If the mounts are not original, what evidence is there for attributing the carved agate two-handled body to a workshop in the late Roman period? In 1897 only one of the five Devonshire pieces lent to the Burlington Fine Arts Club Exhibition was thought to be 'ancient' - the lapis-lazuli vase (WB.70), which was described as “probably late Roman of about the second century”, although the lapis-lazuli cover was stated to be “Italian, 16th century, surmounted by a small figure . . .”. The identical ascription, “Italian, 16th century”, was bestowed in 1897 on this two-handled agate vase but was decisively abandoned by Charles Hercules Read within a year of Baron Ferdinand's death. His new attribution can be found in a little-known paperback handlist of the Waddesdon Bequest, which is very prominently marked ‘UNDER REVISION’, both on the cover and on the title-page, and has an Introduction (pp. v-xii) bearing his signature and the date “December 1899”; in it, he states “. . . one piece stands pre-eminent - the mottled agate vase (no. 68, pl. IV), of which the body is an example of ancient Roman cameo work ... it is somewhat rare to find an ancient vase of hardstone so symmetrical and graceful in outline and it is probably this quality that led the goldsmith of the Renaissance to bestow his skill upon it” (see ‘The Waddesdon Bequest, The Collection of Jewels, Plate and other Works of Art bequeathed to the British Museum by Baron Ferdinand Rothschild, M.P.’, London, 1899, p. vi). This passage was, indeed, revised to read: “The only other relic of classical times is the agate cameo vase (no. 68), which may be assigned to imperial Rome . . .” (Read 1902, p. x). Apart from three similarly worded versions (Davenport 1900, Strong 1909 and Dalton 1927), Read's belief in the classical origins of the carving on the agate body appears not to have received careful consideration until 1943, when Marvin Ross included the vase in a list of extant “antique agate vases, either whole or in a fragmentary state” (Ross 1943, p. 30, fn. 118). Furthermore, Ross stated that “of these, only one, the Waddesdon Vase in the British Museum, seems to have any relation to the Rubens Vase . . .” and he illustrated it on page 33 in fig. 17. Ross proceeded to relate it to a vase in Vienna (see A. Furtwangler, ‘Die Antiken Gemmen’, III, Berlin, 1900, p. 341, figs 192-3) and to a silver repoussé case enclosing a glass phial in Baltimore (Walters Art Gallery, inv. no. 57,932 ; H. 9.5 cm); he tentatively concluded that these “comparisons seem to indicate that this vase belongs with late Roman gem carvings, in which case it precedes the Rubens Vase in date and represents a type from which the latter derived”.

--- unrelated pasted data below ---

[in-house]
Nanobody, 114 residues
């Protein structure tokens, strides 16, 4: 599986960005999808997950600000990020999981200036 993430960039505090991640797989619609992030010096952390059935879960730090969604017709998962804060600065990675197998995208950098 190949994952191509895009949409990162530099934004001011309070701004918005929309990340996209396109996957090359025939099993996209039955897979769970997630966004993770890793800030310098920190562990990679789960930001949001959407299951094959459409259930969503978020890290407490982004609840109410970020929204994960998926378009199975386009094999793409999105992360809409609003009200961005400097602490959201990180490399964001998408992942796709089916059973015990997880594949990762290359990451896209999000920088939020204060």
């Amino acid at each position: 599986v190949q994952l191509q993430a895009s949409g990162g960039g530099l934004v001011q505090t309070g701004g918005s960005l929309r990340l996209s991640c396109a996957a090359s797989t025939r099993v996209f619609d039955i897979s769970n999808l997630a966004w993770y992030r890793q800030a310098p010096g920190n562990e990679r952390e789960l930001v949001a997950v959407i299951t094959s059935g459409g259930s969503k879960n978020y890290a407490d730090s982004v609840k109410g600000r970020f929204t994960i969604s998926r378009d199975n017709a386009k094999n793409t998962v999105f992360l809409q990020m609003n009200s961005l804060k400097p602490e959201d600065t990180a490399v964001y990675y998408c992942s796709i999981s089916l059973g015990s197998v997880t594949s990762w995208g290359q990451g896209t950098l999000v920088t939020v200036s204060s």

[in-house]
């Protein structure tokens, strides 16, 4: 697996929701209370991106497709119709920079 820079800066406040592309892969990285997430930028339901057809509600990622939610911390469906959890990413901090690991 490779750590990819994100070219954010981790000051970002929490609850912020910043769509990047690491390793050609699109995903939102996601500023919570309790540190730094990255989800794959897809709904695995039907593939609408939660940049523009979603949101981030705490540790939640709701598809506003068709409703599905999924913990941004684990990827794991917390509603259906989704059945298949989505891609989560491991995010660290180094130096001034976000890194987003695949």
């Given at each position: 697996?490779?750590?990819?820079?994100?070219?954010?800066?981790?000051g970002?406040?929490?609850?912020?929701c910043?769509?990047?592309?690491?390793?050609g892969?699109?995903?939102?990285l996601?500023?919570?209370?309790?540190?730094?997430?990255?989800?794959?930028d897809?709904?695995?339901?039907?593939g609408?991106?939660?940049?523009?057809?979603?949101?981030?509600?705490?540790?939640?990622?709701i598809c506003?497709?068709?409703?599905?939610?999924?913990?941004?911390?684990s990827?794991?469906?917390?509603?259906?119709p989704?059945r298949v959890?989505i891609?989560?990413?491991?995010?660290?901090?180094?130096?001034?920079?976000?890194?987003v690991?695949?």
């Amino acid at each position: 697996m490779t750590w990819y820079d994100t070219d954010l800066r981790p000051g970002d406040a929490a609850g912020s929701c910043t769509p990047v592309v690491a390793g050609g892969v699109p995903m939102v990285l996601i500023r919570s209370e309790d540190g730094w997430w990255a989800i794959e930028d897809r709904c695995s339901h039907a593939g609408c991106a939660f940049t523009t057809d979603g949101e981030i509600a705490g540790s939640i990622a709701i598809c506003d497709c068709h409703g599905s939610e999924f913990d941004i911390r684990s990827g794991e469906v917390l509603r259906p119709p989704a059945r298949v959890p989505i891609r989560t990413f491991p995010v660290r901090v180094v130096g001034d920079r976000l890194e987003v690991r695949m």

For the Rubens Vase Ross succeeded, where previously there had been disagreement among scholars, in marshalling “convincing arguments against an early- or late-Renaissance dating of the piece and in favour of placing it in the fourth or fifth century of our era” (Harden and Toynbee 1959, p. 202, pl. LXXIV). These two classical scholars not only illustrated the Rubens Vase but also included a photograph of the Waddesdon Vase, about which they stated “the design is tamer and the undercutting of the ornament less daring. It may well be somewhat earlier than the Rubens Vase and is technically less close than is the latter to the figured glass cage-cups” (Harden and Toynbee 1959, p. 202, pl. LXXV, a, b). The other recent major publication, also by a classical scholar, lists it as the 'Waddesdon Vase' and places it immediately before the Rubens Vase, which is dated to the end of the fourth or beginning of the fifth century AD (see Bühler 1973, pp. 76-7, nos 108-9, pls 36-7). Furthermore, Bühler compares the carving of the acanthus leaves on the Rubens Vase with those on the Waddesdon Vase, and for the form of the latter he refers to a piece in Rome (discussed in G. Lippold, ‘Die Sculpturen des Vaticanischen Museums’, III, 2, Berlin, 1956, p. 236, no. 84, pl. 115); however, the latter is a more typical classical oviform vase (without handles) and lacks the unusual elongated shape of the Waddesdon Vase. For certain details of the carving, especially the drilling of small dots, he cited the unprovenanced chalcedony fragment with a leaping panther amidst foliage from the Townley Collection (British Museum, Department of Greek and Roman Antiquities; see Bühler 1973, p. 77, no. no, where the fragment (H. 4 cm) is dated “4-5 Jahrhundert n. Chr.”; also, see H. B. Walters, ‘Catalogue of the engraved gems and cameos, Greek, Etruscan and Roman, in the British Museum’, London, 1926, p. 375, no. 4052, fig. 115 (a line-drawing), but there is no reference in this entry -nor, indeed, elsewhere in the volume - to the Waddesdon Bequest's “antique Roman” two-handled agate vase).